This content is the result of the same 'gang' of Nigerian criminals who favour KeyBase to steal sensitive credentials. I've observed these gangs (along with @techhelplist who finds a lot of the details included here) using Linkedin as a new platform to perform attempted financial fraud.
A large number of screenshots shared with me are as a the result of a misconfigured Keybase panel, there is a well known bug in Keybase which allows unauthenticated access to the /images/ directory to anyone who knows how to locate them. Palo Alto have listed a large number here
A percentage of determined sock puppets are using LinkedIn as a means at defrauding a significant number of business in following countries:
The sectors that are targeted include Real Estate, Investment & Law. This kind of fraud is complex in the sense it involves geographically displaced criminals to 'link up' to to be successful. The fraud is highly likely comitted from Nigeria (Thanks to @techhelplist again who helped ID the content and fraud gang) the concept is simple - Offering investment or seeking investment depending on the potential victim.
The belief that this fraudulent operation is from Nigeria is because of the evidence provided, this included active Facebook content and helpful photographs of places of work, and friends associated with the gang.
This below image is taken from a panel which shows our 'guy' logged into a Linkedin profile, and a large number of messages all with the same content.
Seeking investment or offering investment.
@malwarehunterteam do a great job on supplying a large number of samples to various malware, iSpy came to my attention recently and the codebase is almost identical to KeyBase with both employing the same stealing functions. I will post a more detailed article on iSpy when i get time.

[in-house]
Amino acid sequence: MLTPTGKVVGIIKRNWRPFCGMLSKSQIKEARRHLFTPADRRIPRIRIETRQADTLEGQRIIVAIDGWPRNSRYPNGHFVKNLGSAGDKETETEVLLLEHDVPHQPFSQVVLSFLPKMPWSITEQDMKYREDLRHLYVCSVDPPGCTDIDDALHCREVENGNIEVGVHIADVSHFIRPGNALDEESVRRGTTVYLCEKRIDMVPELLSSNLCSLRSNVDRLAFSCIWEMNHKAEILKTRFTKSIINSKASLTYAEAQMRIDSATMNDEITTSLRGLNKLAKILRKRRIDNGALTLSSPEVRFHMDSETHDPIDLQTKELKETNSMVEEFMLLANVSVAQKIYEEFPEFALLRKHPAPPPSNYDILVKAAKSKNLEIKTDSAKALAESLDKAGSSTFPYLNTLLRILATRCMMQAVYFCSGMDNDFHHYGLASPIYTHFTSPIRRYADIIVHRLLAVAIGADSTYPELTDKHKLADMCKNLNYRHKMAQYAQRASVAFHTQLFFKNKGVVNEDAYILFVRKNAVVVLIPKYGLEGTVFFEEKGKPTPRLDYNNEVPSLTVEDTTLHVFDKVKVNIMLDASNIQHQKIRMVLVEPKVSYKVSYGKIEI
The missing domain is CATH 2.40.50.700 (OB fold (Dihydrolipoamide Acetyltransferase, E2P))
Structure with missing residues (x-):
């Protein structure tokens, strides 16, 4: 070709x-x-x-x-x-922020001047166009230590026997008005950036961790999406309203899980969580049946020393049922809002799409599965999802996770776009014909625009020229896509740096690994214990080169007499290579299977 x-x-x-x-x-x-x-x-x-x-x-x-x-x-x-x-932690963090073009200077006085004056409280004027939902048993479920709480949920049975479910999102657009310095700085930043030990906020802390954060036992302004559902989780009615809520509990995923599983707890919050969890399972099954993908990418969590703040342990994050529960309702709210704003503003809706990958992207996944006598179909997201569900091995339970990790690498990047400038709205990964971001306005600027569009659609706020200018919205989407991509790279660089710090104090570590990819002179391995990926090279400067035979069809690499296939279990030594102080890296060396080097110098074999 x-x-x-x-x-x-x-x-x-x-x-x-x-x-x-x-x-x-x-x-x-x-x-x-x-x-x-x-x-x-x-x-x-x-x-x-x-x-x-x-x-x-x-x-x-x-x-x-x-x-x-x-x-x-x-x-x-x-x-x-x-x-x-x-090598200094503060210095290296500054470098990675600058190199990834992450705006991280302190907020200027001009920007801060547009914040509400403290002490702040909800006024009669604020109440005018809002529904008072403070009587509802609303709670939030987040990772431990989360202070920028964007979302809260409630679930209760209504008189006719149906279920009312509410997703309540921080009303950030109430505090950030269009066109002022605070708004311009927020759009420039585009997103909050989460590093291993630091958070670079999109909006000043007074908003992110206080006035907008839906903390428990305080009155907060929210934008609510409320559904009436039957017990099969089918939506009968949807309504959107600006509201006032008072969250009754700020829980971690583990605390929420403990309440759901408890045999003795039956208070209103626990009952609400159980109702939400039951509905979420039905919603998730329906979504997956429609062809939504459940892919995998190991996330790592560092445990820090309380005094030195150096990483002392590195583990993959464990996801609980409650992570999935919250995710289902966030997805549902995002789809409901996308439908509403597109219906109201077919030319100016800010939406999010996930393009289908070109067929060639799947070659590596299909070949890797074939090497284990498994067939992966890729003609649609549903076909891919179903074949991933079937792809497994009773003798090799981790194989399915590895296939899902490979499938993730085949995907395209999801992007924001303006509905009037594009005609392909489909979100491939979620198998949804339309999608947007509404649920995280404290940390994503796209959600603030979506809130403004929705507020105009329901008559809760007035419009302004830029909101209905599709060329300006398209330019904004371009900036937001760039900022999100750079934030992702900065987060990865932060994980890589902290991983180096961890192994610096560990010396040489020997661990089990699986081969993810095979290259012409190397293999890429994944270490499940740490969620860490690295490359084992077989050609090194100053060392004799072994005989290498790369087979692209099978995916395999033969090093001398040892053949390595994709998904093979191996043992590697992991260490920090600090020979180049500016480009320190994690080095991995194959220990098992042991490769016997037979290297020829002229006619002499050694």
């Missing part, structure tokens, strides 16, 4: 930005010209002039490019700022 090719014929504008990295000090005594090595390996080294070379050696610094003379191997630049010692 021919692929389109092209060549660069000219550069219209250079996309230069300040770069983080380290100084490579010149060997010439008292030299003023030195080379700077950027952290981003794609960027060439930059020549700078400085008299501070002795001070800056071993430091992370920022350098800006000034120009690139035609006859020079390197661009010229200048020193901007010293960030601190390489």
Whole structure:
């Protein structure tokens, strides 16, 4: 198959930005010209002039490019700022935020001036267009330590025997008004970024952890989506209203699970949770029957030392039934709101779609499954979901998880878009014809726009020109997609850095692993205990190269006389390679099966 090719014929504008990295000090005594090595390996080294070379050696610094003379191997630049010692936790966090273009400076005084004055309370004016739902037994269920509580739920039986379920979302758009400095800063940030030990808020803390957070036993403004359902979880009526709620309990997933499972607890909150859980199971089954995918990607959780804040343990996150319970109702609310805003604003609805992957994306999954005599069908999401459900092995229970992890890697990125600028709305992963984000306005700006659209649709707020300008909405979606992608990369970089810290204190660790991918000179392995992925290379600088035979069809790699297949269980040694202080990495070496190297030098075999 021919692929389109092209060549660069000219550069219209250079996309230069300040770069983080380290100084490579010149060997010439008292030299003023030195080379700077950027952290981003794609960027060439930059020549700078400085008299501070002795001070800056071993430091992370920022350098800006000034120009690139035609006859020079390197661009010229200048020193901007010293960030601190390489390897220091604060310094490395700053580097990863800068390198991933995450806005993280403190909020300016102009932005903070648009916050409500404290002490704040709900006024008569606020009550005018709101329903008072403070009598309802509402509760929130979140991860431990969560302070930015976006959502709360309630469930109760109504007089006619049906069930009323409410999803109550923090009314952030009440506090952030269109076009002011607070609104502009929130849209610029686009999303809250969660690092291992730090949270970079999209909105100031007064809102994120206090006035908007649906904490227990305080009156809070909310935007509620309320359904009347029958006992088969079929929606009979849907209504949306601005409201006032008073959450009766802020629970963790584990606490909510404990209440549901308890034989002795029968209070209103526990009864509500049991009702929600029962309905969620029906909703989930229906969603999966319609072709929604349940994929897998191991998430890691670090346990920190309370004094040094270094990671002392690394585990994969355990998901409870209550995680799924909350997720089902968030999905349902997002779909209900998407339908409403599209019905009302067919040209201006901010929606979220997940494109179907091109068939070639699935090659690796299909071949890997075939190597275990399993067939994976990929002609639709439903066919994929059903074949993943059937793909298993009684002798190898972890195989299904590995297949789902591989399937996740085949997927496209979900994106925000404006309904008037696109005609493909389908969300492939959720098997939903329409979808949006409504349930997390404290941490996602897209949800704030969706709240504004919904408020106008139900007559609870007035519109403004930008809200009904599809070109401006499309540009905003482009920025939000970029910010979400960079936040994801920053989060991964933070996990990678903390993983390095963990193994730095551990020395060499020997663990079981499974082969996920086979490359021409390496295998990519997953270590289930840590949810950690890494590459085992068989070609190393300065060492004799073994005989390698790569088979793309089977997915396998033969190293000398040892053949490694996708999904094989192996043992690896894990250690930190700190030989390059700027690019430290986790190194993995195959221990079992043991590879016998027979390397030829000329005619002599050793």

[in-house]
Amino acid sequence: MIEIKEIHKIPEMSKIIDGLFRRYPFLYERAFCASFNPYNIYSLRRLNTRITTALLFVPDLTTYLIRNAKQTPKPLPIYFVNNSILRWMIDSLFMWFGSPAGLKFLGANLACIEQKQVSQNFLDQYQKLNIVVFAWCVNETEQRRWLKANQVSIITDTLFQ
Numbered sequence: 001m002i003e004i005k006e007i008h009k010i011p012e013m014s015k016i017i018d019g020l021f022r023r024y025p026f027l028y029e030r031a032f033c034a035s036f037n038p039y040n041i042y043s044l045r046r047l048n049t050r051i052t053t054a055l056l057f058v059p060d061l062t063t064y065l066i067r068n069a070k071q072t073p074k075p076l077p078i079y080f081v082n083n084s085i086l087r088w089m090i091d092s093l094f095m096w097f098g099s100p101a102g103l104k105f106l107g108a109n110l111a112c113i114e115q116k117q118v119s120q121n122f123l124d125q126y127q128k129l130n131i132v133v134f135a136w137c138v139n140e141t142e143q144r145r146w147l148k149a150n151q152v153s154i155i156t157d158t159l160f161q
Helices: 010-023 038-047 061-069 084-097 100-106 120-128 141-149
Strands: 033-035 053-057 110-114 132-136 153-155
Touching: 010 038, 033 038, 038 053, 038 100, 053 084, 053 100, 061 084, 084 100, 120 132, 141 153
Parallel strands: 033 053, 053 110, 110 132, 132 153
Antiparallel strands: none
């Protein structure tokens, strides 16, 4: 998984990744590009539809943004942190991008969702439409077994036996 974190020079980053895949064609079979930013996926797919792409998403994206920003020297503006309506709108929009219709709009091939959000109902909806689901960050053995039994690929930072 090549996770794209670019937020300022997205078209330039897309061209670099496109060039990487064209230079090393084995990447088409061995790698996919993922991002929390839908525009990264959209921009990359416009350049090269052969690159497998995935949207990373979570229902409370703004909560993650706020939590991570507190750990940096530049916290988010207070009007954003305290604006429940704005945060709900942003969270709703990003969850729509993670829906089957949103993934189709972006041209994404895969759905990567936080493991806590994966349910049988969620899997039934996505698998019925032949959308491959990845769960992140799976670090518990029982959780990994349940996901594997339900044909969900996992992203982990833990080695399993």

The message above is pretty static and appears to be sent to a large number of potential victims. The method of communication varies across email providers, if you believe you've been approached by this gang, or have been part of the attempted fraud process please contact me, i can share a number of verified IOC's.
The below image is a cap from the /images/ directory which includes a conversation with the 'master' who shares the devices used to perform the initial reconnaissance. Pg.5 on this alludes to the hierarchy involved
In summary, this concept of attempted fraud by social networks should sufficiently deliver a message that nobody is who you believe they are, particularly when dealing with financial transactions.
FireEye produced a research article on the thriving economy on 'scammers' operating out of Nigeria. Pg.11 is of interest in the context of the content here.
Trust, but verify is a mantra that i preach. It's dissapointing that Linkedin does not have any method of formal verification for its users. There is no PGP or Keybase.io input required, even most DNM require some form of ID verification!
@thegrugq makes the point far more eloquently that i ever could. In short, the game of cyber security has changed, and the content in which you operate or call your working environment, is someone else's lunch.
Full slides here